I had fasted all day (no problem with hunger pangs), and returned home to enjoy my usual fast-breaking meal of liver and steak lightly fried in chicken fat, steamed broccoli and cauliflower topped with (full fat) grated cheese and a side order of boiled eggs.
For the fat-phobic who recoil at the use of chicken fat, full fat cheese and eggs in my diet I should point out that I was BodPodded at 10.3% body fat last week. I do no 'cardio' as such although the Lau Gar does go in to cardio territory but seldom for more than two minutes 'under tension'. So much for conventional advice on lowering bodyfat!
What really got me choking on my refined-carb free feast was an advert I saw on TV. It came with the link to a program called FatSatNav. This hit me for several reasons not least because of another story appearing in the papers over the weekend.
The first point I'd like to make is that we really do seem to be coming to a point in nutrition where the media (and so popular consciousness) is isolating refined carbohydrate as enemy number one rather than fat (with salt coming in third). And secondly, the thrust of FatSatNav is clearly an attempt at the rehabilitation of fat (albeit the WRONG fat!).
So what does FatSatNav advise? Here are their (Unilever's) Fat Facts:
- Fat Fact: Margarine can be a great source of mono - and polyunsaturates (like Omega 3 and Omega 6), and a good source of fat-soluble vitamins A, D and E Fat
- Fact: Most margarines contain only trace amounts of trans fats (bad ones!), whereas butter typically contains 3% trans fats
- Fat Fact: Some margarines can contain up to 78% less saturated fat than butter
- Fat Fact: Four slices of bread spread with margarine could contain as much as 15% of your daily requirement of good fats (Omega 3 and Omega 6) and as little as 5% of your daily calorie intake or GDA for calories
- Fat Fact: Switching from butter to margarine as part of a healthy diet and lifestyle can help to manage your cholesterol level
There is also a debate embedded in the piece devoted to saturated fat. Sadly it is ruined by talk of 'consensus' rather than robust science. Worse still is the lame idea of 'everything in moderation' that permeates several of the addresses.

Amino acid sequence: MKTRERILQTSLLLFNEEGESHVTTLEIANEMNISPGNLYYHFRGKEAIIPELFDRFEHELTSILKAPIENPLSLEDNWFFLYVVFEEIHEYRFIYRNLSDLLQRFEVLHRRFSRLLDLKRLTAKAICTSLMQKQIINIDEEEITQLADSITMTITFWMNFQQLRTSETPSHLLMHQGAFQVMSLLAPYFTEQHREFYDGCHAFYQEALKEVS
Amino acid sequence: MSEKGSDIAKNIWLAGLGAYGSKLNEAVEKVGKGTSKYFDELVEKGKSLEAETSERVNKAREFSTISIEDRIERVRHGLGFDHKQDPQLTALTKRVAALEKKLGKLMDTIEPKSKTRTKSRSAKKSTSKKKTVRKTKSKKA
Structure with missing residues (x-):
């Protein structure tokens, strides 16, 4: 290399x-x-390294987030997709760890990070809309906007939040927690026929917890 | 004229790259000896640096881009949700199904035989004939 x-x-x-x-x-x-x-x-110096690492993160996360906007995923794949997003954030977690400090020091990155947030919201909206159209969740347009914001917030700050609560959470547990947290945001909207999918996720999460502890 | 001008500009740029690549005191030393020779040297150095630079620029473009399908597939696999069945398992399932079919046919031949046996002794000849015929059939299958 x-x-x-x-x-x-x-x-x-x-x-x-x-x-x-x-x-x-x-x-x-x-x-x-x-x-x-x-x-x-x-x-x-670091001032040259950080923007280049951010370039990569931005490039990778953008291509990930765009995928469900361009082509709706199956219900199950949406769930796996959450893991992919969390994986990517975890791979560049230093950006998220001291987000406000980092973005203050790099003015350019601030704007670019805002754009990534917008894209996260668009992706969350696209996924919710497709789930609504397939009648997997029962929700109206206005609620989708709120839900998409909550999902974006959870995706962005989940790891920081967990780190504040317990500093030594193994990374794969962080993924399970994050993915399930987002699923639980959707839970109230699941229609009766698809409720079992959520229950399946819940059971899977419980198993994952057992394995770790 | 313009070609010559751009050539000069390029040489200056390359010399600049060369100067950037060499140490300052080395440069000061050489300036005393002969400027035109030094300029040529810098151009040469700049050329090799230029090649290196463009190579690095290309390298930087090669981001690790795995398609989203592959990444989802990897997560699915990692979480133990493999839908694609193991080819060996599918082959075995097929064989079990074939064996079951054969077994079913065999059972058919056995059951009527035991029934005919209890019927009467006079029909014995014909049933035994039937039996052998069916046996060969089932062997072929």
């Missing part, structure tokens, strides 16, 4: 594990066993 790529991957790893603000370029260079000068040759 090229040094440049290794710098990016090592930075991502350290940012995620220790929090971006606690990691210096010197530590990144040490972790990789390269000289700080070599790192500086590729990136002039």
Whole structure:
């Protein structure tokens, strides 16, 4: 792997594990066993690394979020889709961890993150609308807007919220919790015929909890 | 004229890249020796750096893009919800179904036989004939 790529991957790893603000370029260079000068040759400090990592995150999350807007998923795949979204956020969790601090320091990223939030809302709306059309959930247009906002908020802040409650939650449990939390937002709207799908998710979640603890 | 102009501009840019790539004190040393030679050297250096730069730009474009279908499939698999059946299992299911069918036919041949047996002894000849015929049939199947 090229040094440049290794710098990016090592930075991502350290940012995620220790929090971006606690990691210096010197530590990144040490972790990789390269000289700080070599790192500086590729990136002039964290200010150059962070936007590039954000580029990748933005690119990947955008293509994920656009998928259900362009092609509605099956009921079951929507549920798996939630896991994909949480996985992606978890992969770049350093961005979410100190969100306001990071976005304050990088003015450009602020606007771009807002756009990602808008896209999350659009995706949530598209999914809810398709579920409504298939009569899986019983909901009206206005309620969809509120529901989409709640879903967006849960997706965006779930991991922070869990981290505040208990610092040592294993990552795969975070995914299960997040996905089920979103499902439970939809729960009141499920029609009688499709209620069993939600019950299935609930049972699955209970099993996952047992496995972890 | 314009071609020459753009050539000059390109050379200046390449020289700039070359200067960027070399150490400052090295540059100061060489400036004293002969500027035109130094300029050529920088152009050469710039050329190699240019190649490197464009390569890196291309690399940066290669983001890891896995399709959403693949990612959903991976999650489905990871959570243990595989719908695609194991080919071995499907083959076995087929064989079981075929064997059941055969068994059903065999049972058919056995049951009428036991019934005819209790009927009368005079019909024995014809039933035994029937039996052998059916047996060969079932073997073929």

Dr John Briffa is involved in the debate and gives a sound performance but the whole piece from beginning to end is steeped in fat-phobic verbiage. The questions section at the end is a bloody travesty of editing where there seems to be favourable bias given to those speaker in support of the fat-phobic line.
Briffa is the only one that actually seems to refer to specific scientific literature whereas the rest give either anecdotal evidence or vague references to 'scientists think this...', 'we know that saturated fat does that...' and '...we have 50 years of evidence the other.... Sadly his contribution seems to have been limited in the debate so much (presumably because he was not 'on-message'), he comes across as a bit isolated and out-of-step with the others.
There is some agreement amongst the panel about giving percentage breakdowns of fats, sugars etc...but I have addressed the difficulties of maintaining a daily running total of how much you have eaten of a particular food group before. It will not work!
For me, I just follow my paleo compass. If you can eat it raw, eat it. Eat seasonally. Sprint, throw and climb a bit. Walk and carry frequently.
I do take heart that the usual 'fat message' is HAVING to adjust and that the spotlight of obesity is being retrained on refined carbohydrate and HFCS. Mahatma Ghandi said "First they ignore you, then they ridicule you, then they fight you, then you win." We have left first base!